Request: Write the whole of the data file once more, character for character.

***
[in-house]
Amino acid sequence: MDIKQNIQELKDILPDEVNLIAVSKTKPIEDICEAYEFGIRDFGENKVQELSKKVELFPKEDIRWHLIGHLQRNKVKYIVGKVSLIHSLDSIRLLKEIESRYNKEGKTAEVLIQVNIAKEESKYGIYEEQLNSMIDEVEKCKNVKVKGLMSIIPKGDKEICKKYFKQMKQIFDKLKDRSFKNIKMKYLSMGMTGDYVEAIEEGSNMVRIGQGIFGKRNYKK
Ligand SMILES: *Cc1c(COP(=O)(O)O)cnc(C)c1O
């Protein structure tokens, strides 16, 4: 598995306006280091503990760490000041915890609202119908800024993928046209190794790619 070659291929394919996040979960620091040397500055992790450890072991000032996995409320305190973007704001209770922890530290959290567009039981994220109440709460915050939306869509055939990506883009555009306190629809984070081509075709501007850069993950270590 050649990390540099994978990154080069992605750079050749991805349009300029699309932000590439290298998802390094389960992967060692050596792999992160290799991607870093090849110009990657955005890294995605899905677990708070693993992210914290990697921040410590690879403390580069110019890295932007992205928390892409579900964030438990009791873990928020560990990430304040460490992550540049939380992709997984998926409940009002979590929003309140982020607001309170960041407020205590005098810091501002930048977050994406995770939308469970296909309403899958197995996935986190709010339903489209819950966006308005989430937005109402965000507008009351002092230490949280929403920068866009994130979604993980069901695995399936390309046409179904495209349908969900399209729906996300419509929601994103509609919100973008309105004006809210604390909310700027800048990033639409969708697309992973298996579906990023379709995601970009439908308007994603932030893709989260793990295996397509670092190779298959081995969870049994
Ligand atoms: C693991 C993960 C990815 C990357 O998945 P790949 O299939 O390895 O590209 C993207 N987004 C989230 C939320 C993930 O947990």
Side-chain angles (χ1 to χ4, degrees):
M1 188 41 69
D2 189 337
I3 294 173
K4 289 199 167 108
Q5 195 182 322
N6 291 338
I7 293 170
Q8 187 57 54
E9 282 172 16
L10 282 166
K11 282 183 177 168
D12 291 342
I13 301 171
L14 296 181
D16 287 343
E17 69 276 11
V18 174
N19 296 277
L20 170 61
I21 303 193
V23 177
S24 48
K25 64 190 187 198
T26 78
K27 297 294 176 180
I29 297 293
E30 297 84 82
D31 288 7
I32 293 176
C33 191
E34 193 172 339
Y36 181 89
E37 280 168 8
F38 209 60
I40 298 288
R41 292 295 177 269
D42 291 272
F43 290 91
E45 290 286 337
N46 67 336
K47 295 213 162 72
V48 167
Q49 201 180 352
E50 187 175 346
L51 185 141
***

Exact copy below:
[in-house]
Amino acid sequence: MDIKQNIQELKDILPDEVNLIAVSKTKPIEDICEAYEFGIRDFGENKVQELSKKVELFPKEDIRWHLIGHLQRNKVKYIVGKVSLIHSLDSIRLLKEIESRYNKEGKTAEVLIQVNIAKEESKYGIYEEQLNSMIDEVEKCKNVKVKGLMSIIPKGDKEICKKYFKQMKQIFDKLKDRSFKNIKMKYLSMGMTGDYVEAIEEGSNMVRIGQGIFGKRNYKK
Ligand SMILES: *Cc1c(COP(=O)(O)O)cnc(C)c1O
């Protein structure tokens, strides 16, 4: 598995306006280091503990760490000041915890609202119908800024993928046209190794790619 070659291929394919996040979960620091040397500055992790450890072991000032996995409320305190973007704001209770922890530290959290567009039981994220109440709460915050939306869509055939990506883009555009306190629809984070081509075709501007850069993950270590 050649990390540099994978990154080069992605750079050749991805349009300029699309932000590439290298998802390094389960992967060692050596792999992160290799991607870093090849110009990657955005890294995605899905677990708070693993992210914290990697921040410590690879403390580069110019890295932007992205928390892409579900964030438990009791873990928020560990990430304040460490992550540049939380992709997984998926409940009002979590929003309140982020607001309170960041407020205590005098810091501002930048977050994406995770939308469970296909309403899958197995996935986190709010339903489209819950966006308005989430937005109402965000507008009351002092230490949280929403920068866009994130979604993980069901695995399936390309046409179904495209349908969900399209729906996300419509929601994103509609919100973008309105004006809210604390909310700027800048990033639409969708697309992973298996579906990023379709995601970009439908308007994603932030893709989260793990295996397509670092190779298959081995969870049994
Ligand atoms: C693991 C993960 C990815 C990357 O998945 P790949 O299939 O390895 O590209 C993207 N987004 C989230 C939320 C993930 O947990």
Side-chain angles (χ1 to χ4, degrees):
M1 188 41 69
D2 189 337
I3 294 173
K4 289 199 167 108
Q5 195 182 322
N6 291 338
I7 293 170
Q8 187 57 54
E9 282 172 16
L10 282 166
K11 282 183 177 168
D12 291 342
I13 301 171
L14 296 181
D16 287 343
E17 69 276 11
V18 174
N19 296 277
L20 170 61
I21 303 193
V23 177
S24 48
K25 64 190 187 198
T26 78
K27 297 294 176 180
I29 297 293
E30 297 84 82
D31 288 7
I32 293 176
C33 191
E34 193 172 339
Y36 181 89
E37 280 168 8
F38 209 60
I40 298 288
R41 292 295 177 269
D42 291 272
F43 290 91
E45 290 286 337
N46 67 336
K47 295 213 162 72
V48 167
Q49 201 180 352
E50 187 175 346
L51 185 141